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KUCHING, Nov 20: World Wide Fund for Nature Malaysia (WWF-Malaysia) has signed a Memorandum of Agreement (MoA) with two grassroots organizations to help improve community well-being and the environment in Sarawak’s northern region.
The grassroots organizations are Forum Masyarakat Adat Dataran Tinggi Borneo (FORMADAT) and People’s Association for Development and Education of Penan Sarawak (PADE).
For a number of years, WWF-Malaysia in Sarawak has been working with rural communities on projects that fulfill the two-pronged aim of bringing benefits to people while ensuring conservation of nature.
The MoA was signed by FORMADAT Malaysia deputy national chief John Trawe Kuda, PADE chairman Ezra Uda and WWF-Malaysia chief executive officer Sophia Lim last month to seal the three-year collaboration with effect Oct 31, 2020.
FORMADAT which represents local communities in the Kelabit-Maligan Highlands was formed by and for the community clusters of Sarawak’s highlands.
PADE aims to empower and bring benefits to the Penan people of the state who live in the forest area known as Kuba’an-Puak in Ulu Baram.
The project called “Sustainable Forest Management and Income Generation from Natural Resources for Indigenous Communities in the Heart of Borneo (HoB)” is funded by the German Federal Ministry for Economic Cooperation and Development through an advisory body called Beratungsstelle für private Träger (BENGO).
Local communities in the remotest parts of Sarawak often face challenges that urban communities take for granted, from inadequate sanitation infrastructure to conveniences such as electricity and even means of consistent livelihood. In addition to these challenges, their livelihoods and well-being often depend on natural resources that are fast disappearing or are already degraded.
In consultation with participating communities from the Kelabit-Maligan highlands and Kuba’an-Puak, the project encompasses activities that include: sustainable farming for subsistence, exploring additional livelihoods, riverbank restoration, sustainable rice production, building green infrastructure for sanitation, solar energy and localised micro-hydro systems and more.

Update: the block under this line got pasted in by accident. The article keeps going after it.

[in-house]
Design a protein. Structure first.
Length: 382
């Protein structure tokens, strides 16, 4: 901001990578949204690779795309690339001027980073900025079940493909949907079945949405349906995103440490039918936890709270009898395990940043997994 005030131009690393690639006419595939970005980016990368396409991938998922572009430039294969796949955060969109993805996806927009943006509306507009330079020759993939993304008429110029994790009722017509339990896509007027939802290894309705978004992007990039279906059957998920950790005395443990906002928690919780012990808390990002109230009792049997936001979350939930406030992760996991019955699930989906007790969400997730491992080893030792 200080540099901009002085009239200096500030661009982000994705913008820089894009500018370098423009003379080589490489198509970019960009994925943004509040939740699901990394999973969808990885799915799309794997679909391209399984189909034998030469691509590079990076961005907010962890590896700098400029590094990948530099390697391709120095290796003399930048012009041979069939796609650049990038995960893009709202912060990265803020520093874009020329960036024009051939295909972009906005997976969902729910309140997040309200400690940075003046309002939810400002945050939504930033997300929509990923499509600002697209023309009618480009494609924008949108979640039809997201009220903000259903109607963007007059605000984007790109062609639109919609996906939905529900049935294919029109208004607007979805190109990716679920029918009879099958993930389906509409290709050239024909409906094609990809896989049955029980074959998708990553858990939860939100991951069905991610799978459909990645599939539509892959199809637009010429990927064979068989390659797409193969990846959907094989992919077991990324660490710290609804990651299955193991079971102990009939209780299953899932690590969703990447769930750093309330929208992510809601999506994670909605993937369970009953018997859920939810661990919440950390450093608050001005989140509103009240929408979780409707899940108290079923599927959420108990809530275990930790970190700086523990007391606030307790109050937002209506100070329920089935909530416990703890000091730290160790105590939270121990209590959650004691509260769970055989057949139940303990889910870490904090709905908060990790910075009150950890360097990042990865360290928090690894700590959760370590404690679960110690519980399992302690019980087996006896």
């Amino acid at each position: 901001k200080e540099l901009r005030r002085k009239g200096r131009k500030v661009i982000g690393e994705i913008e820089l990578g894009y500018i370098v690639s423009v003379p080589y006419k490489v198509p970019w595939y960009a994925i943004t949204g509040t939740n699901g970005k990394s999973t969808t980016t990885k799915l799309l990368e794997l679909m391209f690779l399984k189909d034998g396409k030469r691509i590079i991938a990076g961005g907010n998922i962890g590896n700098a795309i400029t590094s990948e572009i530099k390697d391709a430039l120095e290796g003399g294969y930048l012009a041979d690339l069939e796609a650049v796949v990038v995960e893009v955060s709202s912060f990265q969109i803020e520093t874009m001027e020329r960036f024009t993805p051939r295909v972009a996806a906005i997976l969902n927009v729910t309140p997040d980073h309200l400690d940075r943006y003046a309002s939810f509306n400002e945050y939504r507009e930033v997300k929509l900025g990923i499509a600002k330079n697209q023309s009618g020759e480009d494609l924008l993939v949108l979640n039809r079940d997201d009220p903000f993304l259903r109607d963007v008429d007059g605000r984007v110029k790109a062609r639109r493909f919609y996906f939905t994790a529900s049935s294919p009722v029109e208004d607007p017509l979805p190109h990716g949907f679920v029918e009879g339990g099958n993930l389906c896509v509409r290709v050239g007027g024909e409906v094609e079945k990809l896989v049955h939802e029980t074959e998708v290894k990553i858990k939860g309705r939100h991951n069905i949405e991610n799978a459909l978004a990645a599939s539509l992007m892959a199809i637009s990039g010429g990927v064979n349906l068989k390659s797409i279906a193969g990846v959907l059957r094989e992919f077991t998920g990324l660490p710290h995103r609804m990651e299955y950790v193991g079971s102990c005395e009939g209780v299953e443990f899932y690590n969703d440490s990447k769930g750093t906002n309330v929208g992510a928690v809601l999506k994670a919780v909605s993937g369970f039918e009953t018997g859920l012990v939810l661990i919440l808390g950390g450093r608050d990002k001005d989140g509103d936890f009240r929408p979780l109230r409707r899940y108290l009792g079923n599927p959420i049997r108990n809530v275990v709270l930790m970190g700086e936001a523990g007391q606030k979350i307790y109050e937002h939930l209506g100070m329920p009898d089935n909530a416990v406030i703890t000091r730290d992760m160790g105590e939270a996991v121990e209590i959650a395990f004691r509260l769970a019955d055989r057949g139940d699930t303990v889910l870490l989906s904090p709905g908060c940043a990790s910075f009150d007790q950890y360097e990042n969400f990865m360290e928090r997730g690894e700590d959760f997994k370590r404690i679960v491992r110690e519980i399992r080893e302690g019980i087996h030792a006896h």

WWF-Malaysia CEO Sophia Lim said the partnership with FORMADAT and PADE leads to strengthening engagement on the ground and transparency with the communities. The joint efforts will work toward ensuring the sustainability of our natural resources for the present and future generations.
“We look forward to building a synergy and ongoing partnership with FORMADAT and PADE that will last for a long time to bring benefits to people’s livelihood while driving better protection and conservation of our natural resources and heritage,” she added.
FORMADAT Malaysia deputy national chief John Trawe Kuda said the smart partnership between WWF and the alliance started over 20 years ago, initially working with WWF-Indonesia on community empowerment, and then with WWF-Malaysia, about 10 years ago.
“The partnership was apt as both organizations work in preservation and conservation of traditional cultures and ecosystems. FORMADAT and WWF-Malaysia formalized their collaboration with a Memorandum of Understanding in 2014 and with this renewed collaboration, there would be more success in bringing awareness and implementing sustainable practices such as organic farming and riverbank protection in the Kelabit-Maligan highlands,” he added.
PADE chairman Ezra Uda said the association is honoured to sign its first MoA since it was set up nine years ago.
“PADE chose to work with WWF-Malaysia as the later has a clear goal in ensuring sustainable development is carried out while working with communities.
“In 2018, WWF-Malaysia approached PADE to collaborate with a conservation and community empowerment project involving seven villages in Kuba’an-Puak. We took this opportunity to work with WWF because it is in line with PADE’s commitment in developing the Penan community,” he said.
Ezra added that WWF-Malaysia has a good track record in working with indigenous communities in the country, and the organization is concerned about the Penan’s well-being.
One of the MoA scopes covers sustainable rice farming in Ba’ Kelalan highlands. Photo © Mckenzie Augustine / WWF-Malaysia